RF design in the 21st century: Page 6 of 7

August 04, 2016 // By Paul Dillien
RF design in the 21st century
My first job on leaving college was maintaining military radios. I had covered RF theory, but found that the practice was significantly different. The company’s detailed design work was performed at a remote location, and shrouded in mystery. RF design was a “black art” that only a few specialists could understand. I later moved into pure logic design, where the relative simplicity of 1s and 0s held fewer uncertainties. This ultimately led me into two decades of involvement with FPGAs.

The latest devices employ CMOS technology, which has led to enhanced cost-savings and ease-of-use features, to minimize the overall cost of ownership.

The devices require a minimum of external components, resulting in a compact physical solution. They are low power chips, consuming as little as 550 mW, and can operate using a single 1.8V supply rail, reducing the cost of the regulators and the number of board layers needed. These factors all contribute to increased system reliability because there are fewer solder joints and points of failure.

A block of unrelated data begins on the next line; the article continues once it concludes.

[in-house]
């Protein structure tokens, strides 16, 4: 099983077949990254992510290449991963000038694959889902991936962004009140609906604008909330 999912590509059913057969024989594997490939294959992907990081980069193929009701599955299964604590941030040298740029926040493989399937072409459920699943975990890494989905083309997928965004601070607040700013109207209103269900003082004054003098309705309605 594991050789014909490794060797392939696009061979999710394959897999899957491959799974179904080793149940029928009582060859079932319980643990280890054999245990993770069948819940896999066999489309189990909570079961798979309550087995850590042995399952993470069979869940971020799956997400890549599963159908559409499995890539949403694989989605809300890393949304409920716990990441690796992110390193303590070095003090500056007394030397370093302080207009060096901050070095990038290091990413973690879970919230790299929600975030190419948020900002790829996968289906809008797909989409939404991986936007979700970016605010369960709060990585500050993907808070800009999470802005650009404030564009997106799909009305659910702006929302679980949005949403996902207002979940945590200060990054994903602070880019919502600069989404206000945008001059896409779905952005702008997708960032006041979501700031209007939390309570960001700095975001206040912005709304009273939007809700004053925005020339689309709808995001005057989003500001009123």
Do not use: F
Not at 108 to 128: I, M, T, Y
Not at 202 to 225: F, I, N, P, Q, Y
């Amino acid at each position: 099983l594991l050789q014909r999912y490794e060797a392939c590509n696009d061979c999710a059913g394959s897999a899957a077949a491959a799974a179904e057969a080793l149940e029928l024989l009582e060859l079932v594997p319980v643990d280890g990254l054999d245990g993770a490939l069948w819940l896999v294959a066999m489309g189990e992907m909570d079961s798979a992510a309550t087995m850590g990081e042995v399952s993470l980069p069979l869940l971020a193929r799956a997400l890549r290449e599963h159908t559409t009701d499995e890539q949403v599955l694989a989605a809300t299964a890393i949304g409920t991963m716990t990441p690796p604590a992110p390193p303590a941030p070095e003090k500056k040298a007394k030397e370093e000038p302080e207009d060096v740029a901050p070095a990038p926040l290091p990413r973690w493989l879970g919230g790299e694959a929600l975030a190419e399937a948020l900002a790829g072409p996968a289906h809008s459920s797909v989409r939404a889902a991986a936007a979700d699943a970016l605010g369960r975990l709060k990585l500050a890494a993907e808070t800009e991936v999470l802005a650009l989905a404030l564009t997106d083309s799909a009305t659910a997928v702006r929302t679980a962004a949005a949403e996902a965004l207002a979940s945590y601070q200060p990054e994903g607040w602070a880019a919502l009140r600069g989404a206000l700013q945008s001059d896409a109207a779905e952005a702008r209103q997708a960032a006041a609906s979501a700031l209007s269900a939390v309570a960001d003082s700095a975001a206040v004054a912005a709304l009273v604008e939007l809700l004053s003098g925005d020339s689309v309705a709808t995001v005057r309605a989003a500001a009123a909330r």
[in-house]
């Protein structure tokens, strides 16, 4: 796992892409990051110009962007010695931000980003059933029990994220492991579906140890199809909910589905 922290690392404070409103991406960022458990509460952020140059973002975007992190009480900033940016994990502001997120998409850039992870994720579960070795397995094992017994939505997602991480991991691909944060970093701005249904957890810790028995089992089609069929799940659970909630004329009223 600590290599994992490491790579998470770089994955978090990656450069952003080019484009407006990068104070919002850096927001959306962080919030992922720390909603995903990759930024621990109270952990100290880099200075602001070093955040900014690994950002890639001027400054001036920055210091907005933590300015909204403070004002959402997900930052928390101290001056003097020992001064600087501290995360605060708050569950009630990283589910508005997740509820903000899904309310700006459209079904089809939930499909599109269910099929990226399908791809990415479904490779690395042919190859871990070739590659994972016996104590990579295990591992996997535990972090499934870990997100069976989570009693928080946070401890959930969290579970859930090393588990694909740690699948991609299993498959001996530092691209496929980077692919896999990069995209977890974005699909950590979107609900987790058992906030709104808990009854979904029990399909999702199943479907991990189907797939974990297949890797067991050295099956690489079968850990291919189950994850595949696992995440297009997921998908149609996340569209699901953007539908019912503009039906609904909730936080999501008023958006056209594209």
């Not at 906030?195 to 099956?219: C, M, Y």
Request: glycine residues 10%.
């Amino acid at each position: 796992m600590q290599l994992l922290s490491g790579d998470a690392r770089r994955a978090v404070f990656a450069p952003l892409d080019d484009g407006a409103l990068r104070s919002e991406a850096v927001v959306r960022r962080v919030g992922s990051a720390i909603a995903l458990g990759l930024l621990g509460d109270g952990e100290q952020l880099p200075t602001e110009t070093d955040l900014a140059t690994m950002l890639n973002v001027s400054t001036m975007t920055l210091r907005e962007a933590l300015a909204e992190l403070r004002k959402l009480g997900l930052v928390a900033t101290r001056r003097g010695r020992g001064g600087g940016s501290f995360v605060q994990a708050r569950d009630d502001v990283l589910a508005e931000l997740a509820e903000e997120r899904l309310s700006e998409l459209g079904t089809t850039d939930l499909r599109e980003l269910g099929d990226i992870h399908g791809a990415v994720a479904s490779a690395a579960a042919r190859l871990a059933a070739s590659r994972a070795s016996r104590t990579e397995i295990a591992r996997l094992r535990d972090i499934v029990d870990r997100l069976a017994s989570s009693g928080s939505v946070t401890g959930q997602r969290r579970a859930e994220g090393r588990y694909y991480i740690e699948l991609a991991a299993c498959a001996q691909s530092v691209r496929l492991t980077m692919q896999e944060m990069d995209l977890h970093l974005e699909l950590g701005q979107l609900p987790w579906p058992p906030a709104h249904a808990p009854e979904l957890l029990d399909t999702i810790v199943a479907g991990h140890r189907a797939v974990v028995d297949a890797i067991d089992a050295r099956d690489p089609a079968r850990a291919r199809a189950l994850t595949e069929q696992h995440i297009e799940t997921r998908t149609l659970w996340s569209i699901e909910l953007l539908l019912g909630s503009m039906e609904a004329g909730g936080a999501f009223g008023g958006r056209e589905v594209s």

FPRFs can save time and money also during the testing and calibration process. Typically, the production line will involve stages where the RF performance is checked and aligned for optimum performance. The FPRFs offer a fast and efficient solution to this problem with RF loop-back features to test out the basic functionality. Calibration routines can be controlled from either the baseband chip or an on-chip microcontroller, providing a simple and automated capability to tune and align the various blocks to minimize off-sets.

RF designers can benefit from the highly integrated field programmable chips that are now available to bring exciting new products to market quicker than ever before.


Baseband companion chip

In any system there will be a requirement for baseband processing. Several options are available such as dedicated ASSPs, processors, ASIC solutions or FPGAs. All these solutions have merits and disadvantages. ASSP devices are aimed at high volume applications such as small cells (e.g. femtocells). Where the ASSP provides exactly the required functionality, it will typically be priced aggressively.

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